Covid: Scottish care homes targeted by anti-vaccine groups in ‘wholly despicable’ campaign

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THE MAJORITY of care homes in Scotland have been targeted by anti-vaccination groups over the past two days, Scottish Care has warned. 

The organisation has said that it is “deeply concerned” by what appears to be a “concerted campaign to convince care home managers and staff not to receive the Covid-19 vaccination.”

They say care homes across the country have received unsolicited mail from a campaign group which has denied the validity of the vaccines – as well as the existence and prevalence of coronavirus itself.

CEO of Scottish Care, Dr Donald Macaskill called it “wholly despicable”.

He said: “I am appalled that care home managers and staff are being targeted by anti-vaccination groups.

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“To be at the receiving end of such a coordinated campaign at a time when many homes are struggling with live Covid-19 outbreaks is wholly despicable.”

The organisation also claims there has been targeted campaign on social media to create “uncertainty and fear” amongst social care staff.

The organisation has reiterated its position on vaccination in care homes, saying it will continue to advocate that all residents and frontline nursing and care staff receive the vaccine.

Dr Macaskill added: “We all want an end to the helplessness we have been feeling in care homes. We all want to see families reconnected with residents. We all want a restoration of normality.

“Vaccination is the hope which offers us the potential of achieving all this and anything that insidiously tries to spread mis-information and falsehood, to create fear and anxiety prevents us all from the protection we need to provide for our residents and staff.”

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Correspondence received by care homes includes the claim that the vaccine is “entirely experimental”, with “many unanswered questions” regarding safety.

It comes as a total of 3,331 people in Scotland have received a second dose of their Covid-19 vaccination, 141 more than the 3,190 announced on Wednesday.

The health secretary Jeane Freeman told Friday’s daily briefing a total of 224,840 people in Scotland had received their first dose by Thursday.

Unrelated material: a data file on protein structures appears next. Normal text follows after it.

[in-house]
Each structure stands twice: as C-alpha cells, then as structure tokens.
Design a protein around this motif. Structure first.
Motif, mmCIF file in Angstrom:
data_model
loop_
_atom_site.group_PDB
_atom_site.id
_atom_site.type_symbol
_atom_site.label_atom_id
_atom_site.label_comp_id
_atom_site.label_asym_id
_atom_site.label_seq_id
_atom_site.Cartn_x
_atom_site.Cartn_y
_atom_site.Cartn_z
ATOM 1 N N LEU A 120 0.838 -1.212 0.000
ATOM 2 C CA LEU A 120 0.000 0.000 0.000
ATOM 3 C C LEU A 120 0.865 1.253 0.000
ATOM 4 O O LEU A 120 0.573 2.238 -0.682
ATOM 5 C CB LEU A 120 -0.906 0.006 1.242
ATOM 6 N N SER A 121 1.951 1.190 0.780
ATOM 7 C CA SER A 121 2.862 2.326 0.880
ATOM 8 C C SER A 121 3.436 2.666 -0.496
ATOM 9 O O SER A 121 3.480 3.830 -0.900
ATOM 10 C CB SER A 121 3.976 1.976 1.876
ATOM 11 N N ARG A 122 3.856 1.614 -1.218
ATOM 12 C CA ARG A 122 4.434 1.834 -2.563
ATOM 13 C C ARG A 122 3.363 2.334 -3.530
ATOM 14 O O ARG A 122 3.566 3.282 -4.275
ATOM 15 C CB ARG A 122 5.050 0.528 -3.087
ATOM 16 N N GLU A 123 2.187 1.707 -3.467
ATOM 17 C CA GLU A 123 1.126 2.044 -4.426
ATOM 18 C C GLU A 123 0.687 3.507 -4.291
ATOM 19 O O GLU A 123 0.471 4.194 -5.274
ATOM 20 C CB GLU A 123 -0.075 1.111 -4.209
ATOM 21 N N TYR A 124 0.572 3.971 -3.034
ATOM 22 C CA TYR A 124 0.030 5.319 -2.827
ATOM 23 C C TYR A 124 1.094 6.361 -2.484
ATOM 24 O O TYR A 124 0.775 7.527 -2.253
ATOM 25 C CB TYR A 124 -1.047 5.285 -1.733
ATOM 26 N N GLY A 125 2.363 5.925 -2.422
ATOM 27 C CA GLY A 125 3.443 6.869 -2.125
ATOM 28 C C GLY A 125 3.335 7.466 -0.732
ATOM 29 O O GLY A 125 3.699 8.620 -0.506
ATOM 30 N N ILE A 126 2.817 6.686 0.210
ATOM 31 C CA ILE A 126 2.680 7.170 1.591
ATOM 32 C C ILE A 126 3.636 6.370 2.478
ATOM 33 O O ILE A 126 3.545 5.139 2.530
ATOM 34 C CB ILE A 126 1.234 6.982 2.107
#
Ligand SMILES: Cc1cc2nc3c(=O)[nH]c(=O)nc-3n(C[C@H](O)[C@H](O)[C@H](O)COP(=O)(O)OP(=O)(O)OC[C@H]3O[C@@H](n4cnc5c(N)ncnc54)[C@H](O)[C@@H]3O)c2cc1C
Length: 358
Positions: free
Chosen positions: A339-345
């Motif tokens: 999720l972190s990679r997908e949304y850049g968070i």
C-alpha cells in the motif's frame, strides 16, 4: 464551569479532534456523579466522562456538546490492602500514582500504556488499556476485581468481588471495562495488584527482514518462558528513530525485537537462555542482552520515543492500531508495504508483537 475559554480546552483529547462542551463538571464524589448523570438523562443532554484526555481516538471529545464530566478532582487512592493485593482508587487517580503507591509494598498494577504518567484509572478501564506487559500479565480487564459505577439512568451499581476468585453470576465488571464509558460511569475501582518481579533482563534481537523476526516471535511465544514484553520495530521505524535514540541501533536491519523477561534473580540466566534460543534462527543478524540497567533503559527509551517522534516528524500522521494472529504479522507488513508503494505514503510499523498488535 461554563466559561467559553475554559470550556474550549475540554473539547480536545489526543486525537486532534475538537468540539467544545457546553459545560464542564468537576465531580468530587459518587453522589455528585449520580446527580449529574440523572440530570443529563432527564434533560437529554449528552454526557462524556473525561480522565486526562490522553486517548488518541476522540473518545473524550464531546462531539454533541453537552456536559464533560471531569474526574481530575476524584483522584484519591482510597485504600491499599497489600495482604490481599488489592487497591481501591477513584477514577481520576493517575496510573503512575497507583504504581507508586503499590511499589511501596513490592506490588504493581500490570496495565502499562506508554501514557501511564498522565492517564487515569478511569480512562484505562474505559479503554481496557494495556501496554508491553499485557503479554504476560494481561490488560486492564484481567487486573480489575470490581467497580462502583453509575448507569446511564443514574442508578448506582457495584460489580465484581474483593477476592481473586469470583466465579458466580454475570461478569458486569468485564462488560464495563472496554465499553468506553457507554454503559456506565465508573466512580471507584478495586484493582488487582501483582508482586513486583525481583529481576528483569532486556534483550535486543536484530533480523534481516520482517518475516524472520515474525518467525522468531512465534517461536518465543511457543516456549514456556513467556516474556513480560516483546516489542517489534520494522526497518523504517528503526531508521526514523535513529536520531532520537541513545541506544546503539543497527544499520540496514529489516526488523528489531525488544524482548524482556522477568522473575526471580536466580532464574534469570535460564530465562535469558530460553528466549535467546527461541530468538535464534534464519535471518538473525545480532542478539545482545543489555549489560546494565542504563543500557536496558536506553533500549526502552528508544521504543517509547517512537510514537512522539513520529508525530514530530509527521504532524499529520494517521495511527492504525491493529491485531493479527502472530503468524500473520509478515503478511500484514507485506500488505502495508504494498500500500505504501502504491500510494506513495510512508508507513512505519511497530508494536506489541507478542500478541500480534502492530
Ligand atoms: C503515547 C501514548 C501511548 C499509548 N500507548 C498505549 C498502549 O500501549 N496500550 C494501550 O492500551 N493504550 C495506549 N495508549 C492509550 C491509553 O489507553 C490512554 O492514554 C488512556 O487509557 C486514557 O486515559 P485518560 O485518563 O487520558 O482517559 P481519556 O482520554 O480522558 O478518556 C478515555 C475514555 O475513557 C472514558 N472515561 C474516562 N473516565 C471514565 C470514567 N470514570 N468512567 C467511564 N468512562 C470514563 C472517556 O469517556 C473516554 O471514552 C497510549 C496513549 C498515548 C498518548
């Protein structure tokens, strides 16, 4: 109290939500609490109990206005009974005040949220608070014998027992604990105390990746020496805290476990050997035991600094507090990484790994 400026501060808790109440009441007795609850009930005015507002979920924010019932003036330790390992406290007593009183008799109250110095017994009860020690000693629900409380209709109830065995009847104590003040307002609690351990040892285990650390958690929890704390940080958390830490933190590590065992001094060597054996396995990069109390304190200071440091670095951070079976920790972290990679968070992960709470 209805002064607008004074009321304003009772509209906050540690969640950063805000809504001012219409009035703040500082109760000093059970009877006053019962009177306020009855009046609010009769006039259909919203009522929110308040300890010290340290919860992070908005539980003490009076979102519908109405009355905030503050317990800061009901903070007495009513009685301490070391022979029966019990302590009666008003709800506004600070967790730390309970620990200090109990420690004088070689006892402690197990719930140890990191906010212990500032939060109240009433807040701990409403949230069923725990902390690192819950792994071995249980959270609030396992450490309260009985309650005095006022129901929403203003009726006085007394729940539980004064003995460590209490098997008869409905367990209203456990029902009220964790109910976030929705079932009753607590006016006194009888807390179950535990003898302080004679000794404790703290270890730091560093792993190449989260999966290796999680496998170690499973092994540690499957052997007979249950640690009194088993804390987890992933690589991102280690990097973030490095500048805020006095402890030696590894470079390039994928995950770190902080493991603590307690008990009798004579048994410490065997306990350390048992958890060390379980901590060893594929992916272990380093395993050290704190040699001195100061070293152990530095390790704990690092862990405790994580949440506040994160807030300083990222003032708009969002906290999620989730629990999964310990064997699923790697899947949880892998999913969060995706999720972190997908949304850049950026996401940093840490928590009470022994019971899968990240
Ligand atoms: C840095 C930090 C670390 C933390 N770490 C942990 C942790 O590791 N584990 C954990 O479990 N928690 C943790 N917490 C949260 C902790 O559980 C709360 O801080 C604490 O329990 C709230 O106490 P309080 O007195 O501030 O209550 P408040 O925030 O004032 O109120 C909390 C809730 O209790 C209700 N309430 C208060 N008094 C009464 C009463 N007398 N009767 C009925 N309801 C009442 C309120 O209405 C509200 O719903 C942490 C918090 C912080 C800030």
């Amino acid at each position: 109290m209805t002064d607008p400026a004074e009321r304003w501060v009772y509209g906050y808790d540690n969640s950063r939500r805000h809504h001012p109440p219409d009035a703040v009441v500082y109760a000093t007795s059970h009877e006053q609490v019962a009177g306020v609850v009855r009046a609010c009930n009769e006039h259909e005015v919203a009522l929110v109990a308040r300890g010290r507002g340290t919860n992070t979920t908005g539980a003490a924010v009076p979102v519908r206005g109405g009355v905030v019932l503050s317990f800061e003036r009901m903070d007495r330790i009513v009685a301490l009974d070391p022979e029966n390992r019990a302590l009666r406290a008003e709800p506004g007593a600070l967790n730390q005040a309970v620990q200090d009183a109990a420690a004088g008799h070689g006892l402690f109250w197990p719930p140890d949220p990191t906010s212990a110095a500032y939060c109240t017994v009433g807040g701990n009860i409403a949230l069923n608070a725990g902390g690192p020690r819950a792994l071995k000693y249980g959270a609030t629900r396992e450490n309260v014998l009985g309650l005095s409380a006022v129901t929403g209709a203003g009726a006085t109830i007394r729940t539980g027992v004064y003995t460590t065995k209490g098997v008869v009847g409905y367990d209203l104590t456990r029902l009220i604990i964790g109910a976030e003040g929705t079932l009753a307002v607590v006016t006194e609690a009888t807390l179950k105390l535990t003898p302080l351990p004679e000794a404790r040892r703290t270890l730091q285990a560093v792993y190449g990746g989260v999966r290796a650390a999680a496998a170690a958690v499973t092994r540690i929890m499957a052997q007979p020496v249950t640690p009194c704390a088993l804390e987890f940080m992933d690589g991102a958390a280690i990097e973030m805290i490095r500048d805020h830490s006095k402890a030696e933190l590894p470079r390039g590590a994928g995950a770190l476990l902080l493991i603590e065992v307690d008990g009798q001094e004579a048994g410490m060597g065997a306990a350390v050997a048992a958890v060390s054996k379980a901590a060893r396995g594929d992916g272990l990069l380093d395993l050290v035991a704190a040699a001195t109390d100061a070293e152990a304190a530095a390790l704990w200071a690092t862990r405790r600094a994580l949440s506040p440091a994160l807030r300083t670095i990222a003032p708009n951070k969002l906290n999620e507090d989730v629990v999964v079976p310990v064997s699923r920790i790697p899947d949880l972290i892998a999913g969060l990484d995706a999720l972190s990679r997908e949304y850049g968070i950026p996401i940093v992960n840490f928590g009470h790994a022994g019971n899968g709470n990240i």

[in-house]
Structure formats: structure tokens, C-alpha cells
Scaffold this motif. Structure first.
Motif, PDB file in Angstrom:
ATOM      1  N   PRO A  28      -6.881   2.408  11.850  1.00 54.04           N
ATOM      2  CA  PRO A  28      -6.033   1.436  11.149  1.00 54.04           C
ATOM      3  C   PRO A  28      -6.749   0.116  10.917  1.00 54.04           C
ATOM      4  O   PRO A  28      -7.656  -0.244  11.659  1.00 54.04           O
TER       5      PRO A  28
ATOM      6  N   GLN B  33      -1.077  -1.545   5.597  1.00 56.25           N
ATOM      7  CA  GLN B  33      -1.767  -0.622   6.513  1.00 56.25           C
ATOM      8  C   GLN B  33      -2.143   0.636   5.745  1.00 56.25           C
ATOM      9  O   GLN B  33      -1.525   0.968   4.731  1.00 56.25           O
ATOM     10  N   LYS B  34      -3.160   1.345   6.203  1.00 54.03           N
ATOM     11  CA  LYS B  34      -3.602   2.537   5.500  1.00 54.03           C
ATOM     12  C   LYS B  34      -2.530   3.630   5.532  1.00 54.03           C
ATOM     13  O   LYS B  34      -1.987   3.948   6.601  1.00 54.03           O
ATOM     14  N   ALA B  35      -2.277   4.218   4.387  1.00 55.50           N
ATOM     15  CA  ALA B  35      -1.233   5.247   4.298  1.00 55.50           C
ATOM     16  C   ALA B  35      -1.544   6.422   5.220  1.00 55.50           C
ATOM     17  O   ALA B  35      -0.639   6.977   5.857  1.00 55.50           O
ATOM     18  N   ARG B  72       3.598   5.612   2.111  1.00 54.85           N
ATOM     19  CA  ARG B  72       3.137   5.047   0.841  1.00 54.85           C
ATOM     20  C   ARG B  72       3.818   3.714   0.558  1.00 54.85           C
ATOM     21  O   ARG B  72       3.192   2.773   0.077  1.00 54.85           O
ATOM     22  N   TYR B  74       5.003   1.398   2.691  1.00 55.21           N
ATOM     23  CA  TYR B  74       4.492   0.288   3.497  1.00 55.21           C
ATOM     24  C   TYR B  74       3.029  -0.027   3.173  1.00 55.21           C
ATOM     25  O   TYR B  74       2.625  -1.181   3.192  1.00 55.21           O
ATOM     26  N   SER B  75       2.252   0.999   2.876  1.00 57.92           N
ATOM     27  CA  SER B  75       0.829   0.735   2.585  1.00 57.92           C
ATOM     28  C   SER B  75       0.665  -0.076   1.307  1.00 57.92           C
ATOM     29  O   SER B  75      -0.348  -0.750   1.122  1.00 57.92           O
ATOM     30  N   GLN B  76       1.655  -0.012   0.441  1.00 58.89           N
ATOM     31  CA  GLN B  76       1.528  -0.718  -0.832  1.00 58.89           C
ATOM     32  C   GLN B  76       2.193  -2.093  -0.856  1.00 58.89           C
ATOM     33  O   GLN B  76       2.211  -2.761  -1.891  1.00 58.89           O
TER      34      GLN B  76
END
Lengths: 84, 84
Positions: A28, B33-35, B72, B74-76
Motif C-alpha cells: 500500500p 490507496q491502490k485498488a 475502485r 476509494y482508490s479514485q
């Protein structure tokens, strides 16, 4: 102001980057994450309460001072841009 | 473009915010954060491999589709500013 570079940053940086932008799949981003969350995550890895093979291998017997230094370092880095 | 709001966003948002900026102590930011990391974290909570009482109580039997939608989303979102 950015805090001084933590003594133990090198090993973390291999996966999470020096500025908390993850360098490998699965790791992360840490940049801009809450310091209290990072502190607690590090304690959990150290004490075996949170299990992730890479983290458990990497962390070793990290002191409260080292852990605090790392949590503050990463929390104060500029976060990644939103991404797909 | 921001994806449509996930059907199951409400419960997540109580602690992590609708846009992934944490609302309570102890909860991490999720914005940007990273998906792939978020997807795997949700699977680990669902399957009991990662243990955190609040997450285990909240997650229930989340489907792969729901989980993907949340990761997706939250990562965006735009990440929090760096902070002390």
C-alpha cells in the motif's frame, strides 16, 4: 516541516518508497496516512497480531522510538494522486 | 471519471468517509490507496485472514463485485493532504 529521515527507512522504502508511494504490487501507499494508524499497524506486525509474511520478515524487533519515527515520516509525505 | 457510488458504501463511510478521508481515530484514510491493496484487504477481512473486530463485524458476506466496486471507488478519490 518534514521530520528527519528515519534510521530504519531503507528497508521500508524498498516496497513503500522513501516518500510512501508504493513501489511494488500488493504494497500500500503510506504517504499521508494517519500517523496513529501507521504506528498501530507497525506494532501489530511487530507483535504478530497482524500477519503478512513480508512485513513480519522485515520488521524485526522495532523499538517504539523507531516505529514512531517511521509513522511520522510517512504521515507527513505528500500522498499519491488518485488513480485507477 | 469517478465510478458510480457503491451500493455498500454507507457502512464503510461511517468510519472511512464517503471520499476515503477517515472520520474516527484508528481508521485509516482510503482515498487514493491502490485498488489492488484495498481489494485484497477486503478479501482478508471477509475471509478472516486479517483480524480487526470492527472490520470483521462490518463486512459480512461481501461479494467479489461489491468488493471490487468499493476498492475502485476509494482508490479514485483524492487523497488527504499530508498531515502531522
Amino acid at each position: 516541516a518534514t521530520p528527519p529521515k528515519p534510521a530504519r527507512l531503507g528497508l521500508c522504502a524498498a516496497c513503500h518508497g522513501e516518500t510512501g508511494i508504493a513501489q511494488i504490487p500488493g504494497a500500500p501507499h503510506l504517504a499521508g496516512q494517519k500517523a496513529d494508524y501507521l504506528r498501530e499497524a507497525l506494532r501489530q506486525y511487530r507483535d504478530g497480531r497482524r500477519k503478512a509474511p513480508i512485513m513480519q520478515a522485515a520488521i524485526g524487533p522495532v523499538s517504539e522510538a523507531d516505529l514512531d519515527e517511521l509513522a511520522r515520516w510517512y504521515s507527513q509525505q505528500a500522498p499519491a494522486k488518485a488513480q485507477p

The Public Health Scotland statistics indicate an increase of 16,633 on the 208,207 vaccinated with their first dose 24 hours previously.

Ms Freeman previously urged Scots to ignore coronavirus jag scare stories, when it emerged that anti-vaccine messages were rife on social media.

Research from poll firm Ipsos-Mori and Kings College London in December found that one third of people have seen anti-Covid vaccine messages, and the rate of exposure to coronavirus anti-vax messaging rises to almost 50% for those aged 16-34.

But the health secretary appealed to the public to ignore the misinformation as work was under way to roll out the jag to the most vulnerable groups.

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In a statement released in December, she said: “We all have a common goal here – which is trying to get out of the grips of a pandemic. And safe, effective vaccines are now part of the tools we have to beat it. Vaccines have been around since 1796 and are a tried and tested science that has saved many millions of lives.

“In a year where everything has changed at such speed, I understand why some people feel overwhelmed at the amount of information that’s being shared, but it’s really important that we approach it with a critical eye.

“What is the source? Are the claims evidenced by facts? If a scare story sounds totally outlandish, then it’s really important we don’t give them the oxygen of publicity.” 

She went on: “It’s ok to feel concerns about side effects of medicines – we do too. That’s why we do clinical trials to assess safety and effectiveness.

“To get approval vaccines must go through rigorous safety processes and been given to thousands of people and then be subject to independent regulation.

“If you’re worried about people reading misinformation then try and encourage them to look at trusted sources of information.

“Our view on the importance of vaccination is shared by far and away most people in Scotland and we have some of the highest uptake rates in Europe for our national programmes.

“Getting the vaccine is your choice, but we have an excellent track record of safe and effective vaccination and this Covid-19 vaccine has been through the safe tightly controlled and rigorous safety programme and it will help you, your loved one and all of us see our way out of this to the lives we want to live.

“So when the NHS sends you the invitation to be vaccinated, please take it up.” 

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